Cardiovascular Rounds

The 3 market dynamics affecting CV imaging

by Emily Snow and Matthew Morrill

Advisory Board data suggest significant growth for most cardiac imaging modalities across the next five years—nearly three times higher than non-cardiac imaging—driven by demographic change, technological innovation, and the push for early identification under population health models. However, cardiovascular (CV) and imaging programs face competing priorities when balancing growth aspirations with the need for appropriate utilization and threats to reimbursement.

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To help CV and imaging programs navigate this balancing act, we've provided a forward-looking analysis of three market dynamics affecting CV imaging services:

1. Demographic changes increase volumes but worsen case mix

An aging and increasingly comorbid population is contributing to soaring projected volume growth for CV imaging services. However, higher volume may not necessarily translate to increased revenue. As the Medicare population grows, for instance, many programs may see a shift from private to public reimbursement and see total revenue fall as a result.

What does this mean for CV imaging leaders? Balance a reduction in revenue by increasing capacity and throughput to maximize volumes.

2. Regulatory scrutiny to limit reimbursement potential, particularly in the HOPD

CMS, commercial payers, and regulatory bodies are increasingly committed to appropriate use of imaging and cost containment, resulting in greater efforts to promote evidence-based imaging utilization, patient steerage, and payment changes. Medicare reimbursement remained relatively flat for CV imaging services between 2018 and 2019. However, given that CV imaging-related codes made up eight of the 22 most frequently billed codes[1] at off-campus HOPD in 2016, site-neutral payment (SNP) policies could put CV imaging revenue at newer hospital-owned off-campus facilities at risk.

Hospital Outpatient Prospective Payment System (HOPPS) payment rates[2]:  

Programs will also soon feel the effects of the clinical decision support (CDS) mandate—the requirement that referring providers consult appropriate use criteria (AUC) within a clinical decision support tool when ordering advanced outpatient imaging for Medicare patients. The long-term implications of CDS remain unclear, but it is likely that CV imaging will be significantly affected, given that Coronary Artery Disease was one of CMS' target clinical priority areas, which were determined based on conditions with the highest volumes of imaging exams. It is still early, but some studies suggest the tool will curb utilization of high-cost imaging exams that fall within these priority areas while increasing utilization for other modalities.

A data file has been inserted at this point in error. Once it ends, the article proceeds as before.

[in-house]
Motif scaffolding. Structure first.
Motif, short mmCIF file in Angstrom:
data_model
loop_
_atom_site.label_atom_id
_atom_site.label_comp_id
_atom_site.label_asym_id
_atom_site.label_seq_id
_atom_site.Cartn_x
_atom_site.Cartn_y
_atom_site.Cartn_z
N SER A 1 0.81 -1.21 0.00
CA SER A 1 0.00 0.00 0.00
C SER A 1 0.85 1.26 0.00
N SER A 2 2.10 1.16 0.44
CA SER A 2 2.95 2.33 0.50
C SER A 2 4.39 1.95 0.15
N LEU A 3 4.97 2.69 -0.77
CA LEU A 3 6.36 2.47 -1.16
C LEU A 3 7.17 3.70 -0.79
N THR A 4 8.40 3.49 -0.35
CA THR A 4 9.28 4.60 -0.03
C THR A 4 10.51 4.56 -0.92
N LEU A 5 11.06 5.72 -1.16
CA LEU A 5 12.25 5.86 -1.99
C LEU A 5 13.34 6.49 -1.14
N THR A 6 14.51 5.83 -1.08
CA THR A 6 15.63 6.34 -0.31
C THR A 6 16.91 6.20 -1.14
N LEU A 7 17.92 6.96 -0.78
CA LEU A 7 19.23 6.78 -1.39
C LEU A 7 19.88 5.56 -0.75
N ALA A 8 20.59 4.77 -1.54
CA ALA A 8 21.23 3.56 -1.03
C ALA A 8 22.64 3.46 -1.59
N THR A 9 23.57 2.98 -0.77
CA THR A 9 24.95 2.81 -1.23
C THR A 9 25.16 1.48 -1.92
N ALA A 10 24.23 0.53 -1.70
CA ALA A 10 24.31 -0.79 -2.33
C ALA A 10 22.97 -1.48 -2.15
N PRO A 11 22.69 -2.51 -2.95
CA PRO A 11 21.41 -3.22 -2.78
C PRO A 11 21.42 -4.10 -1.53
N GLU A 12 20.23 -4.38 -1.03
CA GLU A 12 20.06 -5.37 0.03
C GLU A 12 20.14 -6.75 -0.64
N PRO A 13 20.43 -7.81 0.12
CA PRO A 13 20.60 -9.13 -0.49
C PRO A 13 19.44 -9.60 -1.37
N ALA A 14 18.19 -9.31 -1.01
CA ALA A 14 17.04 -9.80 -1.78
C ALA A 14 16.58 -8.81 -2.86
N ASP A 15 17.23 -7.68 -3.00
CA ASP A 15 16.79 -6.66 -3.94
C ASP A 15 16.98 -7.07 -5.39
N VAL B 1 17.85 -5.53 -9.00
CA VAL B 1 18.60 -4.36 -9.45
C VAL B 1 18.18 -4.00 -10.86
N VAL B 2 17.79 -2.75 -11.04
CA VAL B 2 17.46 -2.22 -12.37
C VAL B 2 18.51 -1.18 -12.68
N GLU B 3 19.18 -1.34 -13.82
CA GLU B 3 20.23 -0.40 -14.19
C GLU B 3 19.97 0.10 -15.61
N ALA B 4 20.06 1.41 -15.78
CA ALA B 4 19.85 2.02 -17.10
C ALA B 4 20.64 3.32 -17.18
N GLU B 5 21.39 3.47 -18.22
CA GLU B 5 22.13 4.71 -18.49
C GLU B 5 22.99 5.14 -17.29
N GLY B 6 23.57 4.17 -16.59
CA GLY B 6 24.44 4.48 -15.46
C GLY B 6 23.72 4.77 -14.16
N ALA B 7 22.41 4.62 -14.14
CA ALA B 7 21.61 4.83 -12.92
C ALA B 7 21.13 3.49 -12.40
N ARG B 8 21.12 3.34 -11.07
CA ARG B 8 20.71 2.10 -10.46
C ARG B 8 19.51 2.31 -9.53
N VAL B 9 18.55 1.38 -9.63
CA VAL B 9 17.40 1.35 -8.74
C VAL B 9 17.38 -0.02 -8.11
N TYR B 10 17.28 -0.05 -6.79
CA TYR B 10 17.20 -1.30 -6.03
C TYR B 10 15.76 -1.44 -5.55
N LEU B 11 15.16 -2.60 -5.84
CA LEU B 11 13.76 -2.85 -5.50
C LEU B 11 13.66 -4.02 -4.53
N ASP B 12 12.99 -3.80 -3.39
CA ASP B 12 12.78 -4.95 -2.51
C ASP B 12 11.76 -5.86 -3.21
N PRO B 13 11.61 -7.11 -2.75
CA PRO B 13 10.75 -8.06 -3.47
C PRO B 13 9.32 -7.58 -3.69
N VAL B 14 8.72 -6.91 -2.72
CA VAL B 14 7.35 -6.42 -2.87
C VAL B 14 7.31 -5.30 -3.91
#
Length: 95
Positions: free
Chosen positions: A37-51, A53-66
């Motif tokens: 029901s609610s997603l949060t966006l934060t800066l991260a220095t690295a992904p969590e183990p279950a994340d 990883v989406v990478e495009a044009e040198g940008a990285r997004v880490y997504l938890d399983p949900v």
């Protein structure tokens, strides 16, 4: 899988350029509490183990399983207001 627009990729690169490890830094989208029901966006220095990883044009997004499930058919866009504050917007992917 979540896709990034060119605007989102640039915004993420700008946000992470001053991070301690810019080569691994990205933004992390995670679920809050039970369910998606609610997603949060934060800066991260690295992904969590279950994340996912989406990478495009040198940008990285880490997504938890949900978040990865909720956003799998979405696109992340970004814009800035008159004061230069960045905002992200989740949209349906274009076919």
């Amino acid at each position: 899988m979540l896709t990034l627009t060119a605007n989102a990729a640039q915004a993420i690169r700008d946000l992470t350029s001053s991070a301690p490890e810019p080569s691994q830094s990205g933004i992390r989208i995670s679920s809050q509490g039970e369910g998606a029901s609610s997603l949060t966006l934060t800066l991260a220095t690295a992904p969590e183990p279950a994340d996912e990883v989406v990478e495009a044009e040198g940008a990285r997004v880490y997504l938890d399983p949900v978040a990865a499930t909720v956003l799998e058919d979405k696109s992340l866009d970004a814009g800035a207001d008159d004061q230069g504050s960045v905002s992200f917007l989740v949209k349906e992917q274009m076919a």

What does this mean for CV imaging leaders? Given that CV imaging is highly susceptible to inappropriate use, focus on successfully implementing CDS support tools to avoid penalties and prepare for potential volume impact.

3. Growth in emerging technology not always a safe bet

Innovations—especially in PET, non-invasive fractional flow reserve CT (FFR-CT), and Coronary artery calcium scoring (CAC) technologies—have not only pushed the envelope of imaging applicability but also rendered it increasingly difficult for capital-constrained programs to identify "must-have" versus "nice-to-have" equipment. Across the next five years, technology will continue to drive volume growth, but these growth trends are less certain to continue into the future.

What does this mean for CV imaging leaders? Consider these key factors before investing in new CV imaging technology:

  1. Organizational capacity: Does this technology help reach programmatic goals? Do we have the right staff and expertise to operate the equipment?
  2. Market supply/demand: Is demand projected to grow long term? Do other local providers offer this technology?
  3. Competitive advantage: Will this technology open up a new revenue stream or help reduce program costs? Can we effectively differentiate this service to win patient, payer, and physician preference?
  4. Financial viability: What is the technology’s cost and potential revenue? Will revenues recover in 5 years?
  5. Ability to reduce long-term costs: Will this enable earlier diagnosis and prevention? Will this technology help reduce unnecessary procedural utilization?

Look out for an upcoming blog to help guide investment in new CV imaging technologies

Quick poll

After much interest, we are launching a three-part blog series on CV imaging, which will be coming out across the next few months. Your responses will help inform our next post. If one of your colleagues would be better suited to complete a survey on those topics, we encourage you to forward the link.



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For years, the CV service line has been considered the growth engine for many hospitals. But maintaining progress is increasingly difficult as programs face greater competition, pressure to bend the cost curve, and uncertainty in demand in a market emphasizing population health.

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[1] HOPPS CY 2017 pg. 672

[2] HOPPS CY 2018, 2019 Addendum C